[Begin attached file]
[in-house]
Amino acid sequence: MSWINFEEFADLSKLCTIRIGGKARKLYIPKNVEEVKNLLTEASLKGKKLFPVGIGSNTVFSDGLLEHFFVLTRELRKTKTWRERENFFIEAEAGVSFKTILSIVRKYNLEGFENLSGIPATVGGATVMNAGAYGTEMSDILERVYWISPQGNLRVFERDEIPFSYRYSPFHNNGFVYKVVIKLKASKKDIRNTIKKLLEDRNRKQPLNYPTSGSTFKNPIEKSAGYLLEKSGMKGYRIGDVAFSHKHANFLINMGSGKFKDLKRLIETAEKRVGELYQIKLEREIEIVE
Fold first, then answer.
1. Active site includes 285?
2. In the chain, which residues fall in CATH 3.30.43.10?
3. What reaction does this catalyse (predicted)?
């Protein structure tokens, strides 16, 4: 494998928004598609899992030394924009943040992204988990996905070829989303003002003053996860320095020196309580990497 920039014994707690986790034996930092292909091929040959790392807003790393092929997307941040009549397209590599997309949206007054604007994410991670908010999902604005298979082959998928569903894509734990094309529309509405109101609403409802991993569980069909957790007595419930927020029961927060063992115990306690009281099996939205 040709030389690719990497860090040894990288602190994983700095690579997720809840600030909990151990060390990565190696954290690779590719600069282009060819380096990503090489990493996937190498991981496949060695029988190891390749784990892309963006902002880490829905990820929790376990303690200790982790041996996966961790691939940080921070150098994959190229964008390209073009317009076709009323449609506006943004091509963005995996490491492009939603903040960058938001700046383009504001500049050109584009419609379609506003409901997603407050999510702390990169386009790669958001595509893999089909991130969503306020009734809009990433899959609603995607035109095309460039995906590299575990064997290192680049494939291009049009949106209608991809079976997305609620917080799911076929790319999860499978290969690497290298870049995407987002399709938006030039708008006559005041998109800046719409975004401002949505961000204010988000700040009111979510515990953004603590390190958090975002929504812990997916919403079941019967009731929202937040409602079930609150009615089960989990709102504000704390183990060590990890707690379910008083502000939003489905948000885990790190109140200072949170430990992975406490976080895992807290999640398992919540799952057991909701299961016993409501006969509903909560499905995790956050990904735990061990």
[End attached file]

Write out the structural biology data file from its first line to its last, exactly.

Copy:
[in-house]
Amino acid sequence: MSWINFEEFADLSKLCTIRIGGKARKLYIPKNVEEVKNLLTEASLKGKKLFPVGIGSNTVFSDGLLEHFFVLTRELRKTKTWRERENFFIEAEAGVSFKTILSIVRKYNLEGFENLSGIPATVGGATVMNAGAYGTEMSDILERVYWISPQGNLRVFERDEIPFSYRYSPFHNNGFVYKVVIKLKASKKDIRNTIKKLLEDRNRKQPLNYPTSGSTFKNPIEKSAGYLLEKSGMKGYRIGDVAFSHKHANFLINMGSGKFKDLKRLIETAEKRVGELYQIKLEREIEIVE
Fold first, then answer.
1. Active site includes 285?
2. In the chain, which residues fall in CATH 3.30.43.10?
3. What reaction does this catalyse (predicted)?
């Protein structure tokens, strides 16, 4: 494998928004598609899992030394924009943040992204988990996905070829989303003002003053996860320095020196309580990497 920039014994707690986790034996930092292909091929040959790392807003790393092929997307941040009549397209590599997309949206007054604007994410991670908010999902604005298979082959998928569903894509734990094309529309509405109101609403409802991993569980069909957790007595419930927020029961927060063992115990306690009281099996939205 040709030389690719990497860090040894990288602190994983700095690579997720809840600030909990151990060390990565190696954290690779590719600069282009060819380096990503090489990493996937190498991981496949060695029988190891390749784990892309963006902002880490829905990820929790376990303690200790982790041996996966961790691939940080921070150098994959190229964008390209073009317009076709009323449609506006943004091509963005995996490491492009939603903040960058938001700046383009504001500049050109584009419609379609506003409901997603407050999510702390990169386009790669958001595509893999089909991130969503306020009734809009990433899959609603995607035109095309460039995906590299575990064997290192680049494939291009049009949106209608991809079976997305609620917080799911076929790319999860499978290969690497290298870049995407987002399709938006030039708008006559005041998109800046719409975004401002949505961000204010988000700040009111979510515990953004603590390190958090975002929504812990997916919403079941019967009731929202937040409602079930609150009615089960989990709102504000704390183990060590990890707690379910008083502000939003489905948000885990790190109140200072949170430990992975406490976080895992807290999640398992919540799952057991909701299961016993409501006969509903909560499905995790956050990904735990061990």